The first round of lesson observations, using my new system of ‘no grades’ was conducted in December, and having completed the analysis, I am actually quite pleased by how it has gone. It was brave to ‘go for it’ and ditch the grades…..my school is in serious weaknesses and I wasn’t even SLT back then in December! Previously, it has been ‘all about the grade ’bout the grade -no trouble (that was reference to a song by the way if you momentarily didn’t know what I was talking about!) and before you had even discussed what was brilliant or needed improvement about a teachers lesson in their feedback…they wanted to know what number they were, me included when I was observed! The grading system worked OK if you were a 1 or a 2……especially if you were consciously competent and knew WHY you were good, but it works less well, if you are NTI or worse. A meaningless number for an individual member of staff is NOT going to help their practice no matter what! Therefore I questioned the impact of giving lesson ‘grades’ on pupil progress, which is ultimately what we want to improve. I was also a little concerned about ‘one-off’ showy lessons being performed, graded and the whole teaching and learning of the school being judged on this.
My first work on this started about 8 months ago. I was doing lots of reading and research about ‘typicality’ and ‘daily practice’ and realised that if we were to improve teaching and learning, it’s what teachers do, day-in day-out that is going to make a difference. I started thinking about how we could evaluate that and after much thought, I came up with six pre-conditions for progress’ that great teachers instil in their classrooms in abundance on a daily basis. Things that you can’t really switch on and off for a lesson observation. These six conditions are as follows:
- Student Engagement
- Appropriate Pitch and Differentiation
- Effective Explanation and Modelling
- Questioning to Check Understanding
- Recap, Refocus and Intervention
- Student Application to Demonstrate Learning
CPD with all staff defined each of these ‘pre-conditions’ and how they linked to progress in a lesson. We spent some time together on questioning, student engagement and will be spending time this year on Recap, Refocus and Intervention – which is largely feedback, verbal and non-verbal.
I then looked at how PROGRESS DATA correlated with existing teaching and learning data….there was NO correlation at all. You would think that good and outstanding teachers would achieve good and outstanding results. There was a huge gap between teaching grades and pupil outcomes. I also presented this to staff, so that everyone was clear. We were saying our teaching was ok, but actually our results were not suggesting our teaching was OK at all! Moral of the story – WHAT WE DO IN OUR CLASSROOMS HAS A DIRECT IMPACT ON THE SUCCESS OF OUR PUPILS!! So I knew, that in the evaluation of teaching and learning we had to take account of data. After each data capture, staff now receive a print out of their class results. Staff make this data available during any observations and are encouraged to scribble any contextual information on the sheet – for example ‘attends revision each Wednesday.’ It takes 2 minutes and is a record of how each teacher has intervened. It also identifies PP children so any gaps can be seen immediately. As new data comes in, for each data capture, you should be able to track the progress over time and the impact of the teaching on the learning.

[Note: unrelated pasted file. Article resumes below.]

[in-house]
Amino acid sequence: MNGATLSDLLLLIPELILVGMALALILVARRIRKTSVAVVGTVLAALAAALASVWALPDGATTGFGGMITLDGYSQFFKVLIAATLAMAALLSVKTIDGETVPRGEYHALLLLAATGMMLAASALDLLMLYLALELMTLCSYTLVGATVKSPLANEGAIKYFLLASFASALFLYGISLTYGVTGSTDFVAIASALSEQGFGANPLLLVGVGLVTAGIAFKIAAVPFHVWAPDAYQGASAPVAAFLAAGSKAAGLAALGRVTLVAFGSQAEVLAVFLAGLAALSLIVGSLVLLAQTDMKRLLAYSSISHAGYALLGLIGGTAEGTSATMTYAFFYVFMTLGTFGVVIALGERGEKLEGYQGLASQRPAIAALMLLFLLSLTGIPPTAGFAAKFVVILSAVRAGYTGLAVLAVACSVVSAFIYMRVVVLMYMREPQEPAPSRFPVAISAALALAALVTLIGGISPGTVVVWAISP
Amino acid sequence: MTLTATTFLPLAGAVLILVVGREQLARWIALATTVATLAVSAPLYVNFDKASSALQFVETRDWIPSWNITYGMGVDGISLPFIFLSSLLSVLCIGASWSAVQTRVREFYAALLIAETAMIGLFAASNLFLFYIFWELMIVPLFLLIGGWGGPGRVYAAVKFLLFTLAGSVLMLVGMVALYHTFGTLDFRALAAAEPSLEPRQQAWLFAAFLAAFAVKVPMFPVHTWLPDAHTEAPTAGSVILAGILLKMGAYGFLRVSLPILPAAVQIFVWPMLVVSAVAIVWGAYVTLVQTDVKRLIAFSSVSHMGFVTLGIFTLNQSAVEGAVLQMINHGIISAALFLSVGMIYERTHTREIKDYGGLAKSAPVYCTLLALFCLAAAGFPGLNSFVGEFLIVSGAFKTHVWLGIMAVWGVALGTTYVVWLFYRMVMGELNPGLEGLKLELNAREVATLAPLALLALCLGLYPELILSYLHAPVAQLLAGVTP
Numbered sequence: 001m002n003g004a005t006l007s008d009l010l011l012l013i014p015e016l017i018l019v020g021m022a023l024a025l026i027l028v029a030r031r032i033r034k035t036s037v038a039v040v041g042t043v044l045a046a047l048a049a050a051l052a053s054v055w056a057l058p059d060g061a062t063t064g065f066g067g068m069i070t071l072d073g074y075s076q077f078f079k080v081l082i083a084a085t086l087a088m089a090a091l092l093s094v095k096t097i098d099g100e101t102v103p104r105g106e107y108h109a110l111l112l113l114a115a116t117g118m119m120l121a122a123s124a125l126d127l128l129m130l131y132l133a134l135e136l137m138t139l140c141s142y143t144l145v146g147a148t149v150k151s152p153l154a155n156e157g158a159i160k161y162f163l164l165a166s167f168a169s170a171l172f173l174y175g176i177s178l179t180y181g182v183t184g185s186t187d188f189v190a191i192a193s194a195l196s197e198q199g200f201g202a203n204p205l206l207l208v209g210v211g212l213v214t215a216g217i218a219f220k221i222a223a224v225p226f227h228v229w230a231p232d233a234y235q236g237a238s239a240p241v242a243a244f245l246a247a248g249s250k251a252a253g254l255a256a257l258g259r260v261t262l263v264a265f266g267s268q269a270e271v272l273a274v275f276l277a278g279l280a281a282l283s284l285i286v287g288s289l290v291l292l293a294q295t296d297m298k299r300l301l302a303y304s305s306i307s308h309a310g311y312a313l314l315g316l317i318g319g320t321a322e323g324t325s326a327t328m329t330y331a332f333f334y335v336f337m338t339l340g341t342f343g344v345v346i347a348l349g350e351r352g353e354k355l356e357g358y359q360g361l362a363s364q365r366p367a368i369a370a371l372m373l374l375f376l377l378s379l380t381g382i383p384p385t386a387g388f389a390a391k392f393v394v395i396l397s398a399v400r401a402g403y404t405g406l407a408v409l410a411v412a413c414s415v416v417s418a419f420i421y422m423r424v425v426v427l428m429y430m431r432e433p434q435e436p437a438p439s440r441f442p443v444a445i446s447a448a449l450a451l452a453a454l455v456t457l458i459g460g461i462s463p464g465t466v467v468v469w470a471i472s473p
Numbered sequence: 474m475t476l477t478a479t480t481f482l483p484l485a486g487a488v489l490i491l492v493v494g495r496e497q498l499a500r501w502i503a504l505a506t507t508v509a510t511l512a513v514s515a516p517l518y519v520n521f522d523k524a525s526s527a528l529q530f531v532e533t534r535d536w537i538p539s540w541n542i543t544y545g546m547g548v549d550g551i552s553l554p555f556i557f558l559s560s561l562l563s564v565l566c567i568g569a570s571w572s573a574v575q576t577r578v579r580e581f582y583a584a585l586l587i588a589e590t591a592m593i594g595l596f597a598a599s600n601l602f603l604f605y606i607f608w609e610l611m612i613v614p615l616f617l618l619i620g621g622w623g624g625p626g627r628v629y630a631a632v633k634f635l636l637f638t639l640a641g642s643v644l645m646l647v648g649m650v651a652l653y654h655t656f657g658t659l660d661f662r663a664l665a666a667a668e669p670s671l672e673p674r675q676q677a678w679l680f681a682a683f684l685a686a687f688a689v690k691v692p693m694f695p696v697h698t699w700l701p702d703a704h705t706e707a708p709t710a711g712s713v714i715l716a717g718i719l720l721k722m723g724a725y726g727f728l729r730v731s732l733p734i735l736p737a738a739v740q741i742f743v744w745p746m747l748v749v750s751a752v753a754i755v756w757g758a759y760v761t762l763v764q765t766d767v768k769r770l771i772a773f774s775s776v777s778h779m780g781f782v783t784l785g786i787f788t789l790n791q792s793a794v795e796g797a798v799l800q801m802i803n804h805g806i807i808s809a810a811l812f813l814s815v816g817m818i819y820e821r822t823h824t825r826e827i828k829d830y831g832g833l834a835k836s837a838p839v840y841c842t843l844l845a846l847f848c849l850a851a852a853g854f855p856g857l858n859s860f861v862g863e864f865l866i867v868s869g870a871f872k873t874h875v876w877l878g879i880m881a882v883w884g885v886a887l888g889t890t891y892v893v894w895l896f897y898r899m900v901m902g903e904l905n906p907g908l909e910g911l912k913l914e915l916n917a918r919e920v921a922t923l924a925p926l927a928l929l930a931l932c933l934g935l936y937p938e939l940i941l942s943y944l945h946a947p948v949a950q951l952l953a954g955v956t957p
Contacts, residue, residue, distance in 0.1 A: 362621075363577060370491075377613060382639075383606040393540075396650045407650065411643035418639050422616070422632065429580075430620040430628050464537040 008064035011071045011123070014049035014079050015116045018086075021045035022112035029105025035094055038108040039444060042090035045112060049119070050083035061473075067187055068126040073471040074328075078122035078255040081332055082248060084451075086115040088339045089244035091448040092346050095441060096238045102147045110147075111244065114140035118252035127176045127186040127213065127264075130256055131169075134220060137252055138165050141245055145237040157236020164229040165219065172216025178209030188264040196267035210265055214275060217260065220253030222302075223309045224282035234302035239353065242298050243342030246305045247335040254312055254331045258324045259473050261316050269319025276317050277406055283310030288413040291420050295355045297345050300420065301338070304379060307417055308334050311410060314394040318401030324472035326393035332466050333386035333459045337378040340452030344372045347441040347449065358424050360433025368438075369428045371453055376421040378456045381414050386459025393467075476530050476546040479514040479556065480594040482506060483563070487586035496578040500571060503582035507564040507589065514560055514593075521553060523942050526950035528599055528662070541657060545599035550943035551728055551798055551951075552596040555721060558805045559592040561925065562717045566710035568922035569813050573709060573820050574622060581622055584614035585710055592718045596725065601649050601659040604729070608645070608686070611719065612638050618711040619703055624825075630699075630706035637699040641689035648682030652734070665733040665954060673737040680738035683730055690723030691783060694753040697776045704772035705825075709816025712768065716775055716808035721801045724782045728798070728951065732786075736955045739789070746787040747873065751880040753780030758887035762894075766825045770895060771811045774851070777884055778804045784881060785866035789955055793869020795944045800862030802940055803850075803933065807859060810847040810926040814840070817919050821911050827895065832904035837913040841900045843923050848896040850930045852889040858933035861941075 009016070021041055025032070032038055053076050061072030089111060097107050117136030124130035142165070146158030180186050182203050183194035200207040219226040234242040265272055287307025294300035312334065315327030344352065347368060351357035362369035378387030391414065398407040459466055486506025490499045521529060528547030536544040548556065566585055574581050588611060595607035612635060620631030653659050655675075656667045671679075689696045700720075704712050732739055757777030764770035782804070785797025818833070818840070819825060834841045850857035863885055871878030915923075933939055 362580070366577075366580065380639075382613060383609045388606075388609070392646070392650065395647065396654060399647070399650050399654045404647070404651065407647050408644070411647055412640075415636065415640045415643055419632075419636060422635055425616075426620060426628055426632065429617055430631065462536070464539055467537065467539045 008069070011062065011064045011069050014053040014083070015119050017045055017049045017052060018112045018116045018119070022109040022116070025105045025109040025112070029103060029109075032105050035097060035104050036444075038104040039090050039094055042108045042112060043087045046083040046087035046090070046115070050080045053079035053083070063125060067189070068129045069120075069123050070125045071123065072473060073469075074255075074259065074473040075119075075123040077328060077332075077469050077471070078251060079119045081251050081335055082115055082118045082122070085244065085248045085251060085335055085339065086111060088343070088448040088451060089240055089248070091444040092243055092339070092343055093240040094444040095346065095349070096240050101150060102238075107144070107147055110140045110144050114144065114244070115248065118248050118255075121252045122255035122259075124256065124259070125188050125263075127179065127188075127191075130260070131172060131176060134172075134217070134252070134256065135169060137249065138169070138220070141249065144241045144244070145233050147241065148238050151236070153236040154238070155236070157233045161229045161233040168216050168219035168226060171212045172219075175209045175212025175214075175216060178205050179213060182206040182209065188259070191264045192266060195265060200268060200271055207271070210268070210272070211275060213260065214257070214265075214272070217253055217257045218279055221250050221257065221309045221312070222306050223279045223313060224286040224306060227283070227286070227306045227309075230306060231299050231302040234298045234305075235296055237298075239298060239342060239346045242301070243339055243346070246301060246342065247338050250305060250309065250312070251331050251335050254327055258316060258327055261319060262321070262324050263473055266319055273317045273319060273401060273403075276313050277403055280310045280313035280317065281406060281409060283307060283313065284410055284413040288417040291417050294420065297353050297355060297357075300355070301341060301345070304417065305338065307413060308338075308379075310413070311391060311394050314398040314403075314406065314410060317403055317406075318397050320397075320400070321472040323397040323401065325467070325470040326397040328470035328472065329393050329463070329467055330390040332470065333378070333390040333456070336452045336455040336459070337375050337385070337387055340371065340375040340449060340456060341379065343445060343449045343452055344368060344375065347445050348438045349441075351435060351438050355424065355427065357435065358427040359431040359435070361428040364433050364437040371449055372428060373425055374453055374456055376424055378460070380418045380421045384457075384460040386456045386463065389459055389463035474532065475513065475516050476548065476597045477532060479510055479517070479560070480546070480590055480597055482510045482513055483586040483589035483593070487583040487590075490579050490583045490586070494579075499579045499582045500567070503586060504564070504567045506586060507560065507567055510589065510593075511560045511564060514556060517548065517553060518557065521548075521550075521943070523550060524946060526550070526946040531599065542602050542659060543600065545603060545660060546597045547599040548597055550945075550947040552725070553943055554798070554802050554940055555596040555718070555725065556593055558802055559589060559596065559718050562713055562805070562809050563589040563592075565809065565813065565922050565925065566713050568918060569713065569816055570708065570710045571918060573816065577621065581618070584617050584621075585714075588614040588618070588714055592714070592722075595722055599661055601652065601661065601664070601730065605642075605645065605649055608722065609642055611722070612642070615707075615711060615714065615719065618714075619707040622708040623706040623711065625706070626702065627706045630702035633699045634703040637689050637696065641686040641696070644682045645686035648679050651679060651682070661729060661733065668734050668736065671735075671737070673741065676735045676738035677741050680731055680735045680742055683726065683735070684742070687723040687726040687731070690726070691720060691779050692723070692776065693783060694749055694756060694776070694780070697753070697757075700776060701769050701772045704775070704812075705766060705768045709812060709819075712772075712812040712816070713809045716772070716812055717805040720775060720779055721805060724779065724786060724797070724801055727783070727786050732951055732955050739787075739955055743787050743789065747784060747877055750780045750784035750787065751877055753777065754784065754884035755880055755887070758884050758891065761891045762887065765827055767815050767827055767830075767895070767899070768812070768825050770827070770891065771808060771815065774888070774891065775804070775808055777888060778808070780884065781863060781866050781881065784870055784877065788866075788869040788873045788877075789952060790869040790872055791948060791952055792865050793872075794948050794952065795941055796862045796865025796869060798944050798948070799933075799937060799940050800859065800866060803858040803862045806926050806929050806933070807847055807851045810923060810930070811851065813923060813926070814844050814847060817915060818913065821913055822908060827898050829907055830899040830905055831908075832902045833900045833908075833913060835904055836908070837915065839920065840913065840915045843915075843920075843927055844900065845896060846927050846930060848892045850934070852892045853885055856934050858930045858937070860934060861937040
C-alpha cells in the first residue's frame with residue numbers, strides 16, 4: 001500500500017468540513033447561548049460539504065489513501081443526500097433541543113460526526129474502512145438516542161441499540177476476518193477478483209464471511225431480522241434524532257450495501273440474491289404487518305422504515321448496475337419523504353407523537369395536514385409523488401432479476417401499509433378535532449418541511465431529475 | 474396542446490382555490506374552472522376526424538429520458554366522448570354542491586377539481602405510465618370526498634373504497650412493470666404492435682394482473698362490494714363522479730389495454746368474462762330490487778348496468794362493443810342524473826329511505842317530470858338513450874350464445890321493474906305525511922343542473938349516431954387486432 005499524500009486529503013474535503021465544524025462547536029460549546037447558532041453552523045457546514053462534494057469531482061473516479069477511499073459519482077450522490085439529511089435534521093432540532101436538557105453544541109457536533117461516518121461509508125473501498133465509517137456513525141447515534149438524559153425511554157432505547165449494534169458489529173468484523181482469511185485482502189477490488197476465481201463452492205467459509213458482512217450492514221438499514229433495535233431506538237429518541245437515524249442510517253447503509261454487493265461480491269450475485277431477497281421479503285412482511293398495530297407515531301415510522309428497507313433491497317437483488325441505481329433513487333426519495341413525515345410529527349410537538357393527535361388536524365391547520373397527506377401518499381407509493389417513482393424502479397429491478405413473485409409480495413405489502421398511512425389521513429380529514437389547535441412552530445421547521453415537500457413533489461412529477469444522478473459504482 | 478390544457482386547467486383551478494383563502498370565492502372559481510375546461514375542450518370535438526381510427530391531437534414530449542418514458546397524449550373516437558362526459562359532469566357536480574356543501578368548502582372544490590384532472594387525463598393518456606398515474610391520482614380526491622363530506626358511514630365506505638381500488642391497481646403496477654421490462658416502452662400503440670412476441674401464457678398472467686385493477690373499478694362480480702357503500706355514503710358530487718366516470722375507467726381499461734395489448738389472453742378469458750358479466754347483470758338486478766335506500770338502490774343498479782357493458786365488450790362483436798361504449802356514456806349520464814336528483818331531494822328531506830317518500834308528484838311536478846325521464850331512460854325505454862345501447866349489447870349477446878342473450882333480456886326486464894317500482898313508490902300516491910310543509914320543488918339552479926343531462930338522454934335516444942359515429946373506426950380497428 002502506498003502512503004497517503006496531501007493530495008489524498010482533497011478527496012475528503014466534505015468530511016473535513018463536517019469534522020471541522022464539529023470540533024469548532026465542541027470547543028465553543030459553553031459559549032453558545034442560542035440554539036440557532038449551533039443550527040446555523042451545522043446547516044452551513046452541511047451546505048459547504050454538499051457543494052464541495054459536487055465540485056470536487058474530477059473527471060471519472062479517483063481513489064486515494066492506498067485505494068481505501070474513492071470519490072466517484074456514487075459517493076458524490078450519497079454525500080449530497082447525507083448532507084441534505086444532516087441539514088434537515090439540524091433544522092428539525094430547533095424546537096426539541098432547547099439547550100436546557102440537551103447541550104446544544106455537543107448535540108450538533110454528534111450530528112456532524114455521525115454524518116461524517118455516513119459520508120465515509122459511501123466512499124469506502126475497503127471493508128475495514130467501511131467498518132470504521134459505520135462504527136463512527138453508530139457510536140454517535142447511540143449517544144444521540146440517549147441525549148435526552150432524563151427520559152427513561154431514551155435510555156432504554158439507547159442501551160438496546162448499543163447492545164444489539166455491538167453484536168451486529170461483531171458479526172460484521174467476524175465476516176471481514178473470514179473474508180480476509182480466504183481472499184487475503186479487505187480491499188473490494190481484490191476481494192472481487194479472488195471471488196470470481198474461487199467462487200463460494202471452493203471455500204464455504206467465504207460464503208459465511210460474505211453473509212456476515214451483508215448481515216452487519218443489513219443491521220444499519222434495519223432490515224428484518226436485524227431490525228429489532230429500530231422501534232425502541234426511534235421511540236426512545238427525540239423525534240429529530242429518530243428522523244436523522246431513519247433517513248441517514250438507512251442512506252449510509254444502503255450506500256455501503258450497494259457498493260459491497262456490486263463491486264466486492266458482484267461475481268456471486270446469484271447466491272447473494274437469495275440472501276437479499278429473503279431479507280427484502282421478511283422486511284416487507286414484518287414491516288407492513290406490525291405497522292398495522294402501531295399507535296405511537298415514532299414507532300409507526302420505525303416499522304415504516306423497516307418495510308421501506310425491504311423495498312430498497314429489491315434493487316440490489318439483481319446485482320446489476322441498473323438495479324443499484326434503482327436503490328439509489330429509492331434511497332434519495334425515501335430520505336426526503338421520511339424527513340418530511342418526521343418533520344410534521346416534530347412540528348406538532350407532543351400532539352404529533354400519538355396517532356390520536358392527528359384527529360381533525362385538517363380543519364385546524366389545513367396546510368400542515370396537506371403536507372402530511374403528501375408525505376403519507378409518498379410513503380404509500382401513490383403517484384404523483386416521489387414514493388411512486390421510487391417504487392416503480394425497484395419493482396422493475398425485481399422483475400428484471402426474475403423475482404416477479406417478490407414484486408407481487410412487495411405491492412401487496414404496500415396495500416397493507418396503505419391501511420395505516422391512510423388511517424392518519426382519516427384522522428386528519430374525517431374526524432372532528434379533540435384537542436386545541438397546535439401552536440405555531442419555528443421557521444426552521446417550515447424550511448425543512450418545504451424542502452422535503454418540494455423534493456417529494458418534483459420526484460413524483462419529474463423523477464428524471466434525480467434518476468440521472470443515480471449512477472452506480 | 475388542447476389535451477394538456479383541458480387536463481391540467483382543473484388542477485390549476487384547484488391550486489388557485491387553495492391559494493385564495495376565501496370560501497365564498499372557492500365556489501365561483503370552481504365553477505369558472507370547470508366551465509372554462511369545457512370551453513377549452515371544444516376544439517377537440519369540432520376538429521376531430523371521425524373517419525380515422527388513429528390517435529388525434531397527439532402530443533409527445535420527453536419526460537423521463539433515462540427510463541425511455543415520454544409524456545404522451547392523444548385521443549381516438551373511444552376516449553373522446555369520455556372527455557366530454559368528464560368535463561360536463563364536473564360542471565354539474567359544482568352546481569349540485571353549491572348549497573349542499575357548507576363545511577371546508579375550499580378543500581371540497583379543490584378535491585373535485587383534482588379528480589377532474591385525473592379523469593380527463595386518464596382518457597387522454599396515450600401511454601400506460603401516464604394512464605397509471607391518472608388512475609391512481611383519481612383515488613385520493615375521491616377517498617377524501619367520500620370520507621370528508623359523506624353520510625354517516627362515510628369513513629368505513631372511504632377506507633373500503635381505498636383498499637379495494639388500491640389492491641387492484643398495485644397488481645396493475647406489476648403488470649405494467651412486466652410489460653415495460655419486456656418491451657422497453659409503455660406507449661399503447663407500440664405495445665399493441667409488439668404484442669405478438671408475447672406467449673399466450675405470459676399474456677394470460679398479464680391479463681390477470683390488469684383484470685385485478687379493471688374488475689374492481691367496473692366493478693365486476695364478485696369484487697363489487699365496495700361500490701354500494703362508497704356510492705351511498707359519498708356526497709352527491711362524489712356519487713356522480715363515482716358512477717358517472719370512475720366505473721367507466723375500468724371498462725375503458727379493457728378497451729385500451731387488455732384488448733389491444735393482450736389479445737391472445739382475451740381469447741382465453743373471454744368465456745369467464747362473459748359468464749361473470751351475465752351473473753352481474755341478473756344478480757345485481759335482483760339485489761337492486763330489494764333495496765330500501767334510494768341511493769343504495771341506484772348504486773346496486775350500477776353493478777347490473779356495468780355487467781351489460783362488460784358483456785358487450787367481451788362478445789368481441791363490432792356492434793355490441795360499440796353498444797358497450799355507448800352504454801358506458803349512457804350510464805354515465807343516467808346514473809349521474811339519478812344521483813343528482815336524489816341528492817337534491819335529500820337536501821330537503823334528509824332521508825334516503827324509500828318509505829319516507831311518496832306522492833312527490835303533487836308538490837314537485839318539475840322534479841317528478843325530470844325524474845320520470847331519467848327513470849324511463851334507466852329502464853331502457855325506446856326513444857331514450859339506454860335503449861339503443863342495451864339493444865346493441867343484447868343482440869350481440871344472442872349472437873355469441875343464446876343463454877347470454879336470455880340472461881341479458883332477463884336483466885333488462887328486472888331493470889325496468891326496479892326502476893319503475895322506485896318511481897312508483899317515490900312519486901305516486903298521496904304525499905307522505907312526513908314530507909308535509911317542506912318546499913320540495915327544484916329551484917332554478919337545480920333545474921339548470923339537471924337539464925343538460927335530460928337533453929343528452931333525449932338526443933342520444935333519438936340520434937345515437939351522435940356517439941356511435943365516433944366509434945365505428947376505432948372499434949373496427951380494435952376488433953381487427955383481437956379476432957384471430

I then thought about pupil work, and during an observation (or any time) it is possible to look at the quality, sequence and progress in books/folders etc. You can also see the effectiveness of feedback. Looking at work and talking to the pupils about it gives a really clear indication of progress over time and opportunity for gathering some pupil voice.
So my three strands for judging the quality of teaching and learning are:
PROGRESS IN THE LESSON (using the six pre-conditions for progress)
PROGRESS IN PUPIL WORK
PROGRESS THROUGH DATA
When these three vital aspects of teaching are RAG rated and triangulated it gives a good indication of the typical practice but MOST importantly, gives a really good and thorough focus for feedback. Teachers are recognising and talking about how these three areas are all interdependent. It is LESS about the ‘number’ now, and much, much more about the open and honest conversations that have to take place in order to move forward. For each strand, Red is defined as ‘does not support progress,’ Yellow is ‘with some areas for development,’ and Green is ‘demonstrating significant strength.’ SLT and middle leaders will be able to discuss progress from three different angles with data to justify evaluations. Using this system we can also show progress over time for the teaching and learning in school too! BONUS!
To test the quality of the system (and because I’m a bit of a geek anyway), I pivoted the difference in progress data from HT to FT against the RAG rating for the preconditions for progress. The hypothesis being that if a teacher had ‘significant strength’ in their lesson observation, they would make the most pupil progress – it was a clear relationship apart from one anomaly! The greens were clumped at one side and the reds at the other.
No system is perfect, and there are some tweaks and adjustments I need to make – it is a work in progress that will develop as our needs change as a school. This work has taken months – from staff CPD sessions to actually getting it out there to middle leaders, to ensuring that we are as consistent as can be when observing and giving feedback – the feedback from staff has been positive, and I look forward to working further on this reflective and informative system to ensure real, significant and robust developments in teaching and learning.